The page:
In thinking of Mad Men, or at least what I recently said about Mad Men a week or so back, it really was not good for one thing - now I crave an Old Fashioned like no one's business. And yet here I am at work - not able to partake in the fine drink of gentlemen. Part of me feels like it would make me more productive, yet management deems it unfit for me and disagrees with that assessment.
I do want to make one thing clear - enjoying an Old Fashioned made with proper maraschino cherry does not make you a bad person. In fact, it's perfectly fine... to some degree. You have to crush that sucker up and place it on top as fanciful garnish. In my opinion, a cherry should only be a garnish and nothing more.
Then again, drink whatever the fuck you want. However the fuck you want to. Some purist may give you a hard time about it, but why let others control what you actually enjoy? There's nothing you can do to please everyone so why bother. This advice should be followed..... to a point.
You see, there's some people who enjoy an Old Fashioned with other items like Brandy, as found in this Jeffrey Morgenthaler Brandy Old Fashioned recipe and while the classic is made with Burbon (or whiskey), there's some variations that use other spirits. Another example is a Vodka Old Fashioned..
That's were I cross the line and say what the fuck is the point of that? I really don't know, nor do I even want to find out. Vodka is a neutral spirit, as I've explained before, so it being in an Old Fashioned seems pretty pointless.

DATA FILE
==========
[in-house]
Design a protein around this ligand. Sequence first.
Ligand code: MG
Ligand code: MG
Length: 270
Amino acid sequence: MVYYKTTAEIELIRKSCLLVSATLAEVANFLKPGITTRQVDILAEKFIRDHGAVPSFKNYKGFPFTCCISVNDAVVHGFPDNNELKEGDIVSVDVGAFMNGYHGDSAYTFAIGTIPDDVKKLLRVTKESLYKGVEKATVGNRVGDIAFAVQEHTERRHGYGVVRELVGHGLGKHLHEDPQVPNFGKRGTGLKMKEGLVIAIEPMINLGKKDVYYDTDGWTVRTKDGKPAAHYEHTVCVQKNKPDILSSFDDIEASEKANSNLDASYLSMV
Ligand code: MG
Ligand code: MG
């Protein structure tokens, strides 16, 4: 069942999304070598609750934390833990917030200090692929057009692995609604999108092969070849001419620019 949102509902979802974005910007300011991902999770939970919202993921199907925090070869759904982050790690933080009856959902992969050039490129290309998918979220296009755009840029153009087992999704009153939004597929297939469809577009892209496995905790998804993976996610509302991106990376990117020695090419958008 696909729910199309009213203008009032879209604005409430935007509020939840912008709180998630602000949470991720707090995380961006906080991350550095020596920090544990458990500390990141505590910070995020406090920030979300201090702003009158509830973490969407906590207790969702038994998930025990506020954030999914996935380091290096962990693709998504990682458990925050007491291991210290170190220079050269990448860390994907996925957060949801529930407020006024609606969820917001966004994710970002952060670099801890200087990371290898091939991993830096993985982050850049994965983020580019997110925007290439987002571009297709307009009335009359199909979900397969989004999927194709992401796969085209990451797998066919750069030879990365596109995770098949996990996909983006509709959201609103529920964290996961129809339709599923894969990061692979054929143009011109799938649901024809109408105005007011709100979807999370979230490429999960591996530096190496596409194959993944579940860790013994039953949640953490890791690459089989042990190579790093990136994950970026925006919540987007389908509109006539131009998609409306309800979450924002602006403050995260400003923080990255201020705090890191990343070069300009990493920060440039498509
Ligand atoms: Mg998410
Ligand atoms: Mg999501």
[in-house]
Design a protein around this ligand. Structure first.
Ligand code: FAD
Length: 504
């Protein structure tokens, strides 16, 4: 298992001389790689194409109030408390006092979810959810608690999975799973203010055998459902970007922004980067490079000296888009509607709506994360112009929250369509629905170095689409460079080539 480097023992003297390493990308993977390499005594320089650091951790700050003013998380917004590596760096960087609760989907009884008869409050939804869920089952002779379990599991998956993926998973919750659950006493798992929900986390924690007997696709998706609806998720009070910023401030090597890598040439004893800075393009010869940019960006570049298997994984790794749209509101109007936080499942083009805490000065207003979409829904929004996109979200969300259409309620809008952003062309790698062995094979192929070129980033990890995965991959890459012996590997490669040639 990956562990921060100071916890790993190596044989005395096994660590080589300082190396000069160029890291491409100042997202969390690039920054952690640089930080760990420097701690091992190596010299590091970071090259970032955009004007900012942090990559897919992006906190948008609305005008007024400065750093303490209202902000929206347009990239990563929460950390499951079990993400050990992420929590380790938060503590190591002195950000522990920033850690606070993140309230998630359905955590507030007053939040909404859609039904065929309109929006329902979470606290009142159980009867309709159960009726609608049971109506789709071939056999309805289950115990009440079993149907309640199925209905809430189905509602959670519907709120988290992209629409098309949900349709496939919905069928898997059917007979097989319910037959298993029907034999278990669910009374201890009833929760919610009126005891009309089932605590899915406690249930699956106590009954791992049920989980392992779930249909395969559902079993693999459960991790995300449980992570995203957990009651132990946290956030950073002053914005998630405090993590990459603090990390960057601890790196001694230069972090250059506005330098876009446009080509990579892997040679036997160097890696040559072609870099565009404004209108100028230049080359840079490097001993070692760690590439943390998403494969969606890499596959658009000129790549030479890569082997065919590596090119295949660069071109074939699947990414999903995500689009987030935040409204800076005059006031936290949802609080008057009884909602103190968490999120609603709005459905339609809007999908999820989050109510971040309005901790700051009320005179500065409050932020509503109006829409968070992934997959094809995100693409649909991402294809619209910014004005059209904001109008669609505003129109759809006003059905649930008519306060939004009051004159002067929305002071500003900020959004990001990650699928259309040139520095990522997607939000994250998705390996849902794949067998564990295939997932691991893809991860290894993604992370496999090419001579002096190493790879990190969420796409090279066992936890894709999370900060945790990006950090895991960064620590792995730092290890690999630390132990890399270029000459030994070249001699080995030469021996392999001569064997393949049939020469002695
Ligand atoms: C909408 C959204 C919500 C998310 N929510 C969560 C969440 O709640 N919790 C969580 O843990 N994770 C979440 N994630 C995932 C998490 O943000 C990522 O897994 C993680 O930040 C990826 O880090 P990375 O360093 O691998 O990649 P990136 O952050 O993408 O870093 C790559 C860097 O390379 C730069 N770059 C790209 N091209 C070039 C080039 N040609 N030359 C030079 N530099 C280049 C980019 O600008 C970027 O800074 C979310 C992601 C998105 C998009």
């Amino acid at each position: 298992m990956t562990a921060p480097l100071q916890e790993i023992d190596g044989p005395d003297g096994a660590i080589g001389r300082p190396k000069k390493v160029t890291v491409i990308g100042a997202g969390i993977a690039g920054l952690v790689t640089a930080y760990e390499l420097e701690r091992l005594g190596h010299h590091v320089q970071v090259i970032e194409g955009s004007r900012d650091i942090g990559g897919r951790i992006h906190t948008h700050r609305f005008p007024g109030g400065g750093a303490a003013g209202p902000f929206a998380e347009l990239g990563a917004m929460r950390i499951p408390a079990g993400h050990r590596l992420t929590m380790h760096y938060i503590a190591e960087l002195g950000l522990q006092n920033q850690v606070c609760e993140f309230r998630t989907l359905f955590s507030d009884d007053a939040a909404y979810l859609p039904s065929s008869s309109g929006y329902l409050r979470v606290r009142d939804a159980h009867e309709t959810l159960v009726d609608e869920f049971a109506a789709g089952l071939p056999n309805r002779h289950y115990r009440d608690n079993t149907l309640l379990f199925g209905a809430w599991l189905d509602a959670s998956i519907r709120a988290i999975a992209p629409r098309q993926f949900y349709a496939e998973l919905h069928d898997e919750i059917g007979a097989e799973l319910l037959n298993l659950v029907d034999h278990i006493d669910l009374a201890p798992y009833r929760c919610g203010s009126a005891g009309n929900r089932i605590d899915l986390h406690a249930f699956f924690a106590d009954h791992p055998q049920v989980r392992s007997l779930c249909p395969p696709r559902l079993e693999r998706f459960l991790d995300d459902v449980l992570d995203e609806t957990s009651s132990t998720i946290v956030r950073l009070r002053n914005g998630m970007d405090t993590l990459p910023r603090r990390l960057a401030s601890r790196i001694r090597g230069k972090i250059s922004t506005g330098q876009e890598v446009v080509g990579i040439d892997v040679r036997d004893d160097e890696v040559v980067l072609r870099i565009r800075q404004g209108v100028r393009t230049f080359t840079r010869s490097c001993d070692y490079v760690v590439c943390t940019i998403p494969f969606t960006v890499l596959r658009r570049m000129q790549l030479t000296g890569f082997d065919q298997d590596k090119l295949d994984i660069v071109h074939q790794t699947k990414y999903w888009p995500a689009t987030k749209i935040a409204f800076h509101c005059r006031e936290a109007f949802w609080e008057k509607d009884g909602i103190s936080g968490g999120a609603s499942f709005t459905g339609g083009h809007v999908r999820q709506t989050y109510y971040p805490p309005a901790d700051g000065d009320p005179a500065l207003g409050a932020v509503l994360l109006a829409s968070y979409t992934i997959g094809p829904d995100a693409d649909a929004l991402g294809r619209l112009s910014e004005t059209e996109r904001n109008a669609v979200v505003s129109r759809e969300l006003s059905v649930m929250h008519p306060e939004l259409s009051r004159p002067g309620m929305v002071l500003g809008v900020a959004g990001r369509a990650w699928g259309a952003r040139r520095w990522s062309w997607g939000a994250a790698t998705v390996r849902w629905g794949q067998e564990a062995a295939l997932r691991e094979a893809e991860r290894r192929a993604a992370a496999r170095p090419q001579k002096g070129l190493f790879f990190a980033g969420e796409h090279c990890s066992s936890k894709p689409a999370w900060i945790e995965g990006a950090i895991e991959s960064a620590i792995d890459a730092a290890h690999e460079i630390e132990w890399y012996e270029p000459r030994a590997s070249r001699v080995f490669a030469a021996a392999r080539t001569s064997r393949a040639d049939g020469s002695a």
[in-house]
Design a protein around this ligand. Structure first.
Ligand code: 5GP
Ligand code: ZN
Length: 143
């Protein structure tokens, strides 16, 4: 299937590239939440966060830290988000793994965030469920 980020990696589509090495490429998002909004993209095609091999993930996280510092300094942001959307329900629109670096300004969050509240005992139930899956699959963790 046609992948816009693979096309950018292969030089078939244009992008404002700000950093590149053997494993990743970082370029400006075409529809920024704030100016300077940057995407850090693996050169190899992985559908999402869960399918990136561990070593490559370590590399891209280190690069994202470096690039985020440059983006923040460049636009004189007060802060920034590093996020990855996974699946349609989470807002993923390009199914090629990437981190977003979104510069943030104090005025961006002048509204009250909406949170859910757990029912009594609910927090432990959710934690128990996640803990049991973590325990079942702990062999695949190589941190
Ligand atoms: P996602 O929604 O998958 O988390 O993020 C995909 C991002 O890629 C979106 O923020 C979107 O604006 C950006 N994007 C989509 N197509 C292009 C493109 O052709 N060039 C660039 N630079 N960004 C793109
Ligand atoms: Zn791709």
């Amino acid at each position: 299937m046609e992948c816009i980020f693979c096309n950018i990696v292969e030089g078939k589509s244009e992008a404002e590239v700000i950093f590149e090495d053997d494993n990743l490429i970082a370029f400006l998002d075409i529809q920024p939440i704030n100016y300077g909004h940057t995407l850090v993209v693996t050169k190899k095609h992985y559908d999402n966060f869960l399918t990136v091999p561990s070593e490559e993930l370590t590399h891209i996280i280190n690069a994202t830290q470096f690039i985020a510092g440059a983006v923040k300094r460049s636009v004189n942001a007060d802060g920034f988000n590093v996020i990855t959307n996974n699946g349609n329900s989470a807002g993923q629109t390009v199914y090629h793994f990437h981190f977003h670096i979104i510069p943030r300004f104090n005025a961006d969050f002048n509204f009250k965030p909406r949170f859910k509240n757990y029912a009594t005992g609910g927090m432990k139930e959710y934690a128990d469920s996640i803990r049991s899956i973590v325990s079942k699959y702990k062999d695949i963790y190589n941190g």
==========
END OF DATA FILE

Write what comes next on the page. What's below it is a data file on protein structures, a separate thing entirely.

Let's just talk about traditional and off the wall for a second. Traditionally, they are bourbon and I do recall that Canadian Whisky is often used in a pinch. If you make it with Scotch than it becomes a Scotch Old Fashioned. It's best to just make them with your utility whiskey that is generally something cheap that you're not ruining by throwing sugar and bitters in it. Tennessee whiskey, bottom shelf bourbon or a blended whiskey is good for this purpose.
This is also the ORIGINAL cocktail. The one that started it all. So with that history behind there, what's there not to like about an Old Fashioned? Most of all, they're not really fussy, and the sugar and bitters makes a good drink of an inferior whiskey, and often cheaper than a measure of the high end scotch on the bar. Similarly, drinking at home, they don't require you to keep much on hand as far as other mixers go, and sometimes you really don't want to drink a good single malt. Sometimes you just want a drink, and don't want to break out the good sippin' whisky.
So when the notion of a vodka old fashioned comes up, what's the point when you're trying to mask bad whisky with this drink? Why not just throw coke into cheap vodka and be done with it? Chances are your vodka Old Fashioned is just going to taste primarily of whatever bitters you ended up using.